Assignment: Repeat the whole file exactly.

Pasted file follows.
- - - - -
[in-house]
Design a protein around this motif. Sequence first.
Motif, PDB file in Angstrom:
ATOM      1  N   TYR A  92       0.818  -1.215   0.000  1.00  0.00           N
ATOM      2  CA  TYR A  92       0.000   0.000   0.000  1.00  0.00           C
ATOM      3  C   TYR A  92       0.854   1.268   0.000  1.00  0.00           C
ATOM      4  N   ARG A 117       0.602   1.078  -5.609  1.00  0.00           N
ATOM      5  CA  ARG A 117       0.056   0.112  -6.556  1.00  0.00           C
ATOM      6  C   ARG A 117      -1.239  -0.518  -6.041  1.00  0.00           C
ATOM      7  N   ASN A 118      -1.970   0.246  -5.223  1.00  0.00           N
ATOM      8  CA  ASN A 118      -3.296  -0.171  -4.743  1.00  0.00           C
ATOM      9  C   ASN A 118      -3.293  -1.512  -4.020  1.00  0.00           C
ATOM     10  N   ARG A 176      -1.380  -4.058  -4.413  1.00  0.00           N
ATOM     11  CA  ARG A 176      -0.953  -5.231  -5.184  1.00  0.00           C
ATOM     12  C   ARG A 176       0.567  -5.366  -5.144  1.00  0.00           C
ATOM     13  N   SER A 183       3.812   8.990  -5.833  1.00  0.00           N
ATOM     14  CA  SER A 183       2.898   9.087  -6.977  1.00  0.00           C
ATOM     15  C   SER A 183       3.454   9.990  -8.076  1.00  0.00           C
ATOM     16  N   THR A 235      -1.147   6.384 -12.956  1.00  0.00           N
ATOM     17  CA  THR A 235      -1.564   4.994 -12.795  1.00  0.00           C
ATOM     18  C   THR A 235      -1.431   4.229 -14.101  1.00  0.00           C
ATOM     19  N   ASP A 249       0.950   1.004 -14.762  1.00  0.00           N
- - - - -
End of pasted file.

[in-house]
Design a protein around this motif. Sequence first.
Motif, PDB file in Angstrom:
ATOM      1  N   TYR A  92       0.818  -1.215   0.000  1.00  0.00           N
ATOM      2  CA  TYR A  92       0.000   0.000   0.000  1.00  0.00           C
ATOM      3  C   TYR A  92       0.854   1.268   0.000  1.00  0.00           C
ATOM      4  N   ARG A 117       0.602   1.078  -5.609  1.00  0.00           N
ATOM      5  CA  ARG A 117       0.056   0.112  -6.556  1.00  0.00           C
ATOM      6  C   ARG A 117      -1.239  -0.518  -6.041  1.00  0.00           C
ATOM      7  N   ASN A 118      -1.970   0.246  -5.223  1.00  0.00           N
ATOM      8  CA  ASN A 118      -3.296  -0.171  -4.743  1.00  0.00           C
ATOM      9  C   ASN A 118      -3.293  -1.512  -4.020  1.00  0.00           C
ATOM     10  N   ARG A 176      -1.380  -4.058  -4.413  1.00  0.00           N
ATOM     11  CA  ARG A 176      -0.953  -5.231  -5.184  1.00  0.00           C
ATOM     12  C   ARG A 176       0.567  -5.366  -5.144  1.00  0.00           C
ATOM     13  N   SER A 183       3.812   8.990  -5.833  1.00  0.00           N
ATOM     14  CA  SER A 183       2.898   9.087  -6.977  1.00  0.00           C
ATOM     15  C   SER A 183       3.454   9.990  -8.076  1.00  0.00           C
ATOM     16  N   THR A 235      -1.147   6.384 -12.956  1.00  0.00           N
ATOM     17  CA  THR A 235      -1.564   4.994 -12.795  1.00  0.00           C
ATOM     18  C   THR A 235      -1.431   4.229 -14.101  1.00  0.00           C
ATOM     19  N   ASP A 249       0.950   1.004 -14.762  1.00  0.00           N